EnKoat, an advanced materials venture founded by ASU alumni Aashay Arora and Matthew Aguayo, recently won a $225,000 National Science Foundation Phase I Small Business Innovation Research award, a highly selective seed funding program known as SBIR.

The award supports the further development of EnKoat’s energy-efficient building coatings. The venture’s energy-saving technology embedded in paint, plaster and stucco can save up to 30% on heating and cooling costs. The coatings can be applied to interior or exterior walls or roofs of new buildings, or as retrofits to existing structures.

Earning a Phase I SBIR award will allow EnKoat to demonstrate its coating technology’s feasibility and performance, bringing it closer to commercialization.

This year, EnKoat has earned a number of awards, including selection into the Wells Fargo Innovation Incubator and the Joules Accelerator, and a runner-up award in the 2020 EarthX climate-tech prize competition.

As doctoral students, Arora and Aguayo worked with Narayanan Neithalath, a professor of civil, environmental and sustainable engineering, to develop a concrete pavement with phase change materials that is resistant to cracking when exposed to high temperatures. Phase change materials turn from solid to liquid and vice versa to store or release heat. This led Arora and Aguayo to explore how phase change materials could keep buildings cool, which resulted in their venture EnKoat.

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Rashmeet Kaur Nayyar receives Chambliss medal from American Astronomical Society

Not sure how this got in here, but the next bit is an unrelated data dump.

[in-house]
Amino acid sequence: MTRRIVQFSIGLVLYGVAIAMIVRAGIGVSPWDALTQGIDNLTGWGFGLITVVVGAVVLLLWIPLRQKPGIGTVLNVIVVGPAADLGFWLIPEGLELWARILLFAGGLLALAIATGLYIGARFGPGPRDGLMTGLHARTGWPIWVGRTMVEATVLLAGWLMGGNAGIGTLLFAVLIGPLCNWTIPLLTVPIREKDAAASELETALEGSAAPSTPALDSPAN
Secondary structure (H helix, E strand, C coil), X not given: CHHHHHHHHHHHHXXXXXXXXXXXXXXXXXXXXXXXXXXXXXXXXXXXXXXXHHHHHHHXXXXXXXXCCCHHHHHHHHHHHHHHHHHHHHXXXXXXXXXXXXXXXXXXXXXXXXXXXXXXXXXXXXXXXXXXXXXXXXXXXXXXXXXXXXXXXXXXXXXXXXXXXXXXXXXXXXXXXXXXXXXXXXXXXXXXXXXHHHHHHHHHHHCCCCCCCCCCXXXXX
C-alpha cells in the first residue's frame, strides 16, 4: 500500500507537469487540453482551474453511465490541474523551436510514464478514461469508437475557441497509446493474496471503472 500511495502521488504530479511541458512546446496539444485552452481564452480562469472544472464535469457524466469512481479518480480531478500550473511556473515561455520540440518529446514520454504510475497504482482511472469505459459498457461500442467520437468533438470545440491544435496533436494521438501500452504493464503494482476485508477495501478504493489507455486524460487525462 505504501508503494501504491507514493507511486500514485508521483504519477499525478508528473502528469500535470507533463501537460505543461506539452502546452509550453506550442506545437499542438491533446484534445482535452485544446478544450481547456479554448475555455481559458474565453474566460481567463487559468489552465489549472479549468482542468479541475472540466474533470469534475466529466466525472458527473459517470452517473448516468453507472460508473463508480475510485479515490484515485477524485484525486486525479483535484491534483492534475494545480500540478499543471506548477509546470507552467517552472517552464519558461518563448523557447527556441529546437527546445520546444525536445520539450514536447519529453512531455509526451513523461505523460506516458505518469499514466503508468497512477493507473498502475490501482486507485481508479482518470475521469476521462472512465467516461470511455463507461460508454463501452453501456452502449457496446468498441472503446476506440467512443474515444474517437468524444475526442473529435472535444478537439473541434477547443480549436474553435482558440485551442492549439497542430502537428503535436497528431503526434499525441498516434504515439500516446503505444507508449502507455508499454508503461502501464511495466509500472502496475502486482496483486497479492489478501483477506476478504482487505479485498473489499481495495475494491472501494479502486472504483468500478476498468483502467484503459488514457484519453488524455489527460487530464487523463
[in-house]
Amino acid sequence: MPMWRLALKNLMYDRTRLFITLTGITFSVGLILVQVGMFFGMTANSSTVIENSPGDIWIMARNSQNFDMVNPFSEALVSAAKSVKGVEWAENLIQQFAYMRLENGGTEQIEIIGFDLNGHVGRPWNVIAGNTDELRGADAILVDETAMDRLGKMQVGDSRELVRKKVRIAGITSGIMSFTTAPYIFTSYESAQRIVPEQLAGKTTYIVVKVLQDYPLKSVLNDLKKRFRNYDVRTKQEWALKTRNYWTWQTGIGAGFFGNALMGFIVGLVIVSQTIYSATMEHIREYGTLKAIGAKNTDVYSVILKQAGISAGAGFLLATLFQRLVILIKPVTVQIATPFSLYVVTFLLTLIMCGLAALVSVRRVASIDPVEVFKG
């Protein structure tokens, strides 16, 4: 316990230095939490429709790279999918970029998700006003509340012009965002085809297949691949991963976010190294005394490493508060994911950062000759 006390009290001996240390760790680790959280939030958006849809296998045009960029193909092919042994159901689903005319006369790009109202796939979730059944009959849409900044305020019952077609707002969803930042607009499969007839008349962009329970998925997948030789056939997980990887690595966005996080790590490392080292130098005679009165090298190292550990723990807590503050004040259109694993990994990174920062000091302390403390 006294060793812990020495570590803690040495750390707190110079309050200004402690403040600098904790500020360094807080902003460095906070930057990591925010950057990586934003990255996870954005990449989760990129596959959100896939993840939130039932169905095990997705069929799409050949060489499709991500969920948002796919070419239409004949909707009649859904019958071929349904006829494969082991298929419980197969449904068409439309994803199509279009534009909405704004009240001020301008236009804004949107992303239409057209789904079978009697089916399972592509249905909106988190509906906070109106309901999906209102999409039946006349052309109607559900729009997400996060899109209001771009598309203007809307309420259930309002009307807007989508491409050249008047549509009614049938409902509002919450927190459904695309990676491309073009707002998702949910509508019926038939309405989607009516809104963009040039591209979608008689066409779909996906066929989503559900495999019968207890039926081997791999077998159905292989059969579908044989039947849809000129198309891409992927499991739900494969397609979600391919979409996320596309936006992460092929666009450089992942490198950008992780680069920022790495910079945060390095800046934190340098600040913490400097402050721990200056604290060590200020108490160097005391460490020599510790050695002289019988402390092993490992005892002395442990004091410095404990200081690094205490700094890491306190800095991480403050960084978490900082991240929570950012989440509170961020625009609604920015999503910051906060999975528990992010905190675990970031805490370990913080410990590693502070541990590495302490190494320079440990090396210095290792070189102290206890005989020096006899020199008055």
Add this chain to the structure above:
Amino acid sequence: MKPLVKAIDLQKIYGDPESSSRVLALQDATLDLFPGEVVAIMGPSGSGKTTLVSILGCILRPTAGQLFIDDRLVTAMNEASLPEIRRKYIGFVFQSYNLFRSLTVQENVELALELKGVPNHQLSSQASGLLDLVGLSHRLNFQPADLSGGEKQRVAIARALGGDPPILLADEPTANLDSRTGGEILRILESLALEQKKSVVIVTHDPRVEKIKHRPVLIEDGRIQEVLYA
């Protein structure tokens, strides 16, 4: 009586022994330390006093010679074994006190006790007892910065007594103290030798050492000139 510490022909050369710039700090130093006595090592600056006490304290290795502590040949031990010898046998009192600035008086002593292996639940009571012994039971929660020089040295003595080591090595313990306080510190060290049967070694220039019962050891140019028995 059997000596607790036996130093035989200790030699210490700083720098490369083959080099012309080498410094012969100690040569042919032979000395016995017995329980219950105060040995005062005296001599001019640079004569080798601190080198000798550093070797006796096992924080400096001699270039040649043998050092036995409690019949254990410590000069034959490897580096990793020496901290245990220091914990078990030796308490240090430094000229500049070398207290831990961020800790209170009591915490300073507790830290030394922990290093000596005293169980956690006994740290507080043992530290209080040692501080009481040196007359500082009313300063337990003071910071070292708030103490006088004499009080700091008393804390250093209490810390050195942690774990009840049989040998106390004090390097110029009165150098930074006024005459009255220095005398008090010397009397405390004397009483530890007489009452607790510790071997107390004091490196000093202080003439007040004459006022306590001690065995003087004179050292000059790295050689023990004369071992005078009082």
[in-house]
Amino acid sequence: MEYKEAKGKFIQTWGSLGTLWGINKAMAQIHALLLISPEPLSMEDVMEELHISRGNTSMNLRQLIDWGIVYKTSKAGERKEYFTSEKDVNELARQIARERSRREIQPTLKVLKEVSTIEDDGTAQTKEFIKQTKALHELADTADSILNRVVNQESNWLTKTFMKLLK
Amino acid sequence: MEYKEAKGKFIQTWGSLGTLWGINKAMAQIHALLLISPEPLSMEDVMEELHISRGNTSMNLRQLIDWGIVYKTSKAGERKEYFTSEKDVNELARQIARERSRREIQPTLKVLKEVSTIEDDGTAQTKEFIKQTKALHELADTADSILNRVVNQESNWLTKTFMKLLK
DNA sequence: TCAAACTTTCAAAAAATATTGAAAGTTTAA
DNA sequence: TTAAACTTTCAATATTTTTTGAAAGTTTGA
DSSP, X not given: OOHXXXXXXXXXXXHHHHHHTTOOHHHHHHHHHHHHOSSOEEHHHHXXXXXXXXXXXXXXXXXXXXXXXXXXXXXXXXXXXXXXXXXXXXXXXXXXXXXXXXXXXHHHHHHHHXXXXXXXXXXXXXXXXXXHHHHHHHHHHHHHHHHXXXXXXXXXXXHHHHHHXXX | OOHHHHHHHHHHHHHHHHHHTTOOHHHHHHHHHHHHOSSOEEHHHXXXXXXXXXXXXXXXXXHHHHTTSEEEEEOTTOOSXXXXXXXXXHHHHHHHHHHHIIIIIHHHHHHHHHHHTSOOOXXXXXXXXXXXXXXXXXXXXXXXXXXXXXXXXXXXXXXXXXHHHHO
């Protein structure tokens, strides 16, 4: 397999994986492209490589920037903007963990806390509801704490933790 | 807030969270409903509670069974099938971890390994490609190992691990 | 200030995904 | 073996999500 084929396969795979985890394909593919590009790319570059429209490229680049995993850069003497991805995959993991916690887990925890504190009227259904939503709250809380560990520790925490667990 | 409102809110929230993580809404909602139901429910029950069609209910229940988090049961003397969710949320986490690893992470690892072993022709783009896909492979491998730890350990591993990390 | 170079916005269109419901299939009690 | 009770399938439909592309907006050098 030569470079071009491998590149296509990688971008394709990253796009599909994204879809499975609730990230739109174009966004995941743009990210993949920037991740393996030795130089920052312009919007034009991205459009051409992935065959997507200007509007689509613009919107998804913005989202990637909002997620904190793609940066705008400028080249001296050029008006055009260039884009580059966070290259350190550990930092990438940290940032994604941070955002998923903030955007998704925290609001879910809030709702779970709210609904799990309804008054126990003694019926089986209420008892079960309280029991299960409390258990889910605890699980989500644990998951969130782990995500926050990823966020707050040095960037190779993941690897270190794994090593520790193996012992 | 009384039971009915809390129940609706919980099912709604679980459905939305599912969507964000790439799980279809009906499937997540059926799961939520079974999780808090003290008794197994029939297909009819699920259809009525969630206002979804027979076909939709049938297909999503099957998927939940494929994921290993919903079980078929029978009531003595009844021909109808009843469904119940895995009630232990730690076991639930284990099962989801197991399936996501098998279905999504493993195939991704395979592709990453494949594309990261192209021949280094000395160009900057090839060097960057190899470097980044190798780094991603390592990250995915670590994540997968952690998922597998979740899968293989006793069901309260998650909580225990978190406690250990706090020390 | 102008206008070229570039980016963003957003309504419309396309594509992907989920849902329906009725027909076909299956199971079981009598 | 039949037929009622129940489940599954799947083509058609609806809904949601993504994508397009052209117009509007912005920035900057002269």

Posted by on Jun 2, 2020 in News |

Rashmeet Kaur Nayyar

Rashmeet Kaur Nayyar

Rashmeet Kaur Nayyar, a computer science doctoral student in the Ira A. Fulton Schools of Engineering at Arizona State University, is one of three ASU graduate students to have been awarded prestigious 2020 Chambliss Astronomy Achievement Student Awards by the American Astronomical Society. Santosh Harish, and Mansi Padave from ASU’s School of Earth and Space Exploration are the other two.

Chambliss medals recognize exemplary research by students who present at one of the poster sessions at the meetings of the AAS. Only six awards were granted nationwide to graduate students. The award is named after Carlson R. Chambliss of Kutztown University, who donated the funds to support the prize.

Nayyar is a member of the Autonomous Agents and Intelligent Robots research group. Her research focuses on key artificial intelligence principles to help build efficient systems that can reason, plan and act under uncertainty. In collaboration with co-adviser professors Sanchayeeta Borthakur and Siddharth Srivastava, she studies probabilistic approaches to automate physics-based detection and identification of intergalactic clouds.

“My experience at the American Astronomical Society meeting has opened my eyes to the immense potential of interdisciplinary collaborative research,” said Nayyar. “I believe in, and remind myself every day, that satisfaction in research comes with a struggle for discovery. I hope my work now, and in the near future, will help in advancing our understanding of the universe and its evolution.”

Nayyar’s achievement is particularly exciting because she won this award as a computer science student and presented her AI research on using first-order probabilistic logic for reliably inferring properties of intergalactic space far beyond our own galaxy.